Happiness is . . .

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The Declaration of Independence contains hidden words! Shades of the Da Vinci Code. Using its new spectral imaging technology adapted from the military, the Library of Congress discovered this year that Thomas Jefferson erased – well, more like obliterated – the word “subjects” before replacing it with “citizens” in a draft of the Declaration, according to an article in today’s Washington Post.

The change turns the phrase “fellow-subjects” into “fellow-citizens.” Though Jefferson dropped the sentence containing this phrase from subsequent drafts, he stuck with the appellation “citizens” to describe the colonies’ inhabitants – at least its white inhabitants – in the Declaration’s final version.

Scholars had puzzled for years about what word “citizens” replaced. Jefferson crossed out a lot of words in his drafts, but “subjects” is the only one he took the care to obliterate, the article says.

Within a minute of reading the article, I discovered a New York Times article about another hidden word in the Declaration: happiness.  Of course, “the pursuit of happiness” is smack dab in the Declaration’s text, but the phrase’s meaning has changed for us who are no longer that up on Greek philosophy, according to the article’s author, Arthur C. Danto, an art critic and a Columbia University professor.

. . . the Greek word for happiness is eudemonia, which refers to what is fitting for us as humans — it rests on our essential qualities. The list of injuries Jefferson establishes rests upon a claim that the pattern of conduct laid at the feet of the monarch amount to violations of our humanity.

“Happiness” in the Declaration, then, is buried for us as effectively as Jefferson’s “subjects” was buried in the earlier draft.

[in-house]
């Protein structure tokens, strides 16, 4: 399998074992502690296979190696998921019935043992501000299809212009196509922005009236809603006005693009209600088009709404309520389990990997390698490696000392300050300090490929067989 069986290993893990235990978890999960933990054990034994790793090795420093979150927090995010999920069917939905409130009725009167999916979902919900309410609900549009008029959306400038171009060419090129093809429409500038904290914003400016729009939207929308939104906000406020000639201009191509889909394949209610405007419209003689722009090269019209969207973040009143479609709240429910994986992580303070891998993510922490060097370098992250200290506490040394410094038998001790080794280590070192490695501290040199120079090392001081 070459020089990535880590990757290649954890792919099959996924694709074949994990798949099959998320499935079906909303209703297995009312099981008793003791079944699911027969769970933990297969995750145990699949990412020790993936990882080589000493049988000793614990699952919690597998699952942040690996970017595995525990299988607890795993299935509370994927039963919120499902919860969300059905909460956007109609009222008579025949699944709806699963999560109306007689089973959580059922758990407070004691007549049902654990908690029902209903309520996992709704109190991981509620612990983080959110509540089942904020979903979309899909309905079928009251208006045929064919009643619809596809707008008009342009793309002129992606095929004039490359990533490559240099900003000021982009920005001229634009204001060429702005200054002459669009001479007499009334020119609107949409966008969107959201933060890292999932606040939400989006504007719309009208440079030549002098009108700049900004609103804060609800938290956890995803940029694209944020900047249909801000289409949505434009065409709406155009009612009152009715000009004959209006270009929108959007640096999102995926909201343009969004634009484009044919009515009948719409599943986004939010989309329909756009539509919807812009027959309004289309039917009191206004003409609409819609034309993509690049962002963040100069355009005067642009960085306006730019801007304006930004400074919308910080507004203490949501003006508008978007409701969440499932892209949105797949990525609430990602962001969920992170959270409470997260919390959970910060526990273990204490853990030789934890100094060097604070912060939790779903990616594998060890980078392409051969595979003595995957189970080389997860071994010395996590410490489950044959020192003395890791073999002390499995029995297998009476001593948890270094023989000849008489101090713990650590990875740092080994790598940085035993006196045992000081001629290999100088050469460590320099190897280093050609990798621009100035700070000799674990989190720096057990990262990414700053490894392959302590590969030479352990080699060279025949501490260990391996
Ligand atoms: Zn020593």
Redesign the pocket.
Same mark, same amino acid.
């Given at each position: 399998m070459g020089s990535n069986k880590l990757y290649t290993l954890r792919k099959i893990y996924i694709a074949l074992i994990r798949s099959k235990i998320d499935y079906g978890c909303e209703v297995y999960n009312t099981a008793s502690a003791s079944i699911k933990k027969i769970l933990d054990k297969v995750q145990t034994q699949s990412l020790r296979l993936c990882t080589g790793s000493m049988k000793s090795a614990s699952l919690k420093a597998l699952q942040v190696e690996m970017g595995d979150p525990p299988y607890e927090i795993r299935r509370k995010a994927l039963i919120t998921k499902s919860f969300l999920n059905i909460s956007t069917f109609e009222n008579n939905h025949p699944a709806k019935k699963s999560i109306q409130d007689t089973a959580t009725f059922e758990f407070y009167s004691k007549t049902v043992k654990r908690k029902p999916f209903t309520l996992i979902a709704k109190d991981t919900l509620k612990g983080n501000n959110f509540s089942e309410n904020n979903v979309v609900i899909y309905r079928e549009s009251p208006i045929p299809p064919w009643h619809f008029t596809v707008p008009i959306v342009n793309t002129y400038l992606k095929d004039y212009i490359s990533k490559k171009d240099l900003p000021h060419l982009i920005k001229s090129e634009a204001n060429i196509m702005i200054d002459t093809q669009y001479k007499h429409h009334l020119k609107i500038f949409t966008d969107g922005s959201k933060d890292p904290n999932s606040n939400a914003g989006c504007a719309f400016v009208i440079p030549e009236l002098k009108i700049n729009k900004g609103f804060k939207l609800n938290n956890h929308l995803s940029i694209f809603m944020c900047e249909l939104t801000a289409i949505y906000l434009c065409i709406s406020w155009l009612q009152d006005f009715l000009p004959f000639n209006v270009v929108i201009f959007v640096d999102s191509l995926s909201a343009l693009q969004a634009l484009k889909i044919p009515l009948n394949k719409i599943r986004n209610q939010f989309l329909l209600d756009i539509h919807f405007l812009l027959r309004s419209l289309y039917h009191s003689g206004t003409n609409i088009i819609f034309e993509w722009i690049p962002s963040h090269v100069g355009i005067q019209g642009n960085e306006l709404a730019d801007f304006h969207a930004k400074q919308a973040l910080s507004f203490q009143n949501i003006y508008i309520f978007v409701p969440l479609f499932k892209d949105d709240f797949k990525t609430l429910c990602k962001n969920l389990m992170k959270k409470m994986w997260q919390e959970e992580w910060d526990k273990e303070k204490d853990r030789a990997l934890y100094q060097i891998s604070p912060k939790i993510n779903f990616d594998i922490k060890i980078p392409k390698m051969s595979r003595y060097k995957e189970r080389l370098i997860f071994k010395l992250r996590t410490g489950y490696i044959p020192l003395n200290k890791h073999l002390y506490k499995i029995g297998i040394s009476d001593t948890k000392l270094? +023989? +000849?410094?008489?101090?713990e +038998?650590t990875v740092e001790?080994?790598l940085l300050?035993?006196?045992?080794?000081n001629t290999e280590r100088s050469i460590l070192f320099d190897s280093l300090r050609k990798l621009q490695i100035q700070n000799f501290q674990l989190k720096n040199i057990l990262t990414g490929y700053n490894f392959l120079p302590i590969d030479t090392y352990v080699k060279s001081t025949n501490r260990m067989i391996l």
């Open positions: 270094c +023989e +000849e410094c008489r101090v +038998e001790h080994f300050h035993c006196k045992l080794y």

Danto points out that Jefferson substituted “happiness” for Locke’s “property” in Locke’s famous rights pantheon of life, liberty, and property. “Violating property rights would in effect have meant robbing them of the fruits of their labor, in Locke’s view. Putting aside the concept of property enabled Jefferson to table the problem of slavery,” Danto says. At first, I took Danto to mean that by not specifying a right to property in the Declaration, Jefferson was making a concession to his Northern compatriots by refusing to make a war aim out of a master’s property rights in his slaves. But Danto is saying instead, I think, that Jefferson was making a concession to his Southern neighbors by not asserting an argument that any slave would make – in fact, an argument that Locke had made and that Lincoln would make against slavery.

Jefferson’s substitution of the term happiness for property assured that America’s understanding of natural law would include the teleological perspective of classical and medieval natural law. From Jefferson’s point of view, to enumerate a right to property would have been redundant because Locke had seen the right to property mainly as an ancillary right – a means of assuring the greater right to life. If I cannot eat the fruit of my labor, after all, I might die. Instead of focusing only on mankind’s basic needs for existence, as Locke mostly does in his Second Treatise of Government, Jefferson follows Aristotle, Aquinas, and the Anglican theologian Richard Hooker, all of whom defined natural law with respect to a person’s telos – her end, her fulfillment or her reason for being. Aristotle, Aquinas, and Hooker each came to the conclusion that man’s proper end was happiness. Jefferson’s natural rights hierarchy therefore took his fellow citizens from cradle to grave, from beginning (life) to end (happiness).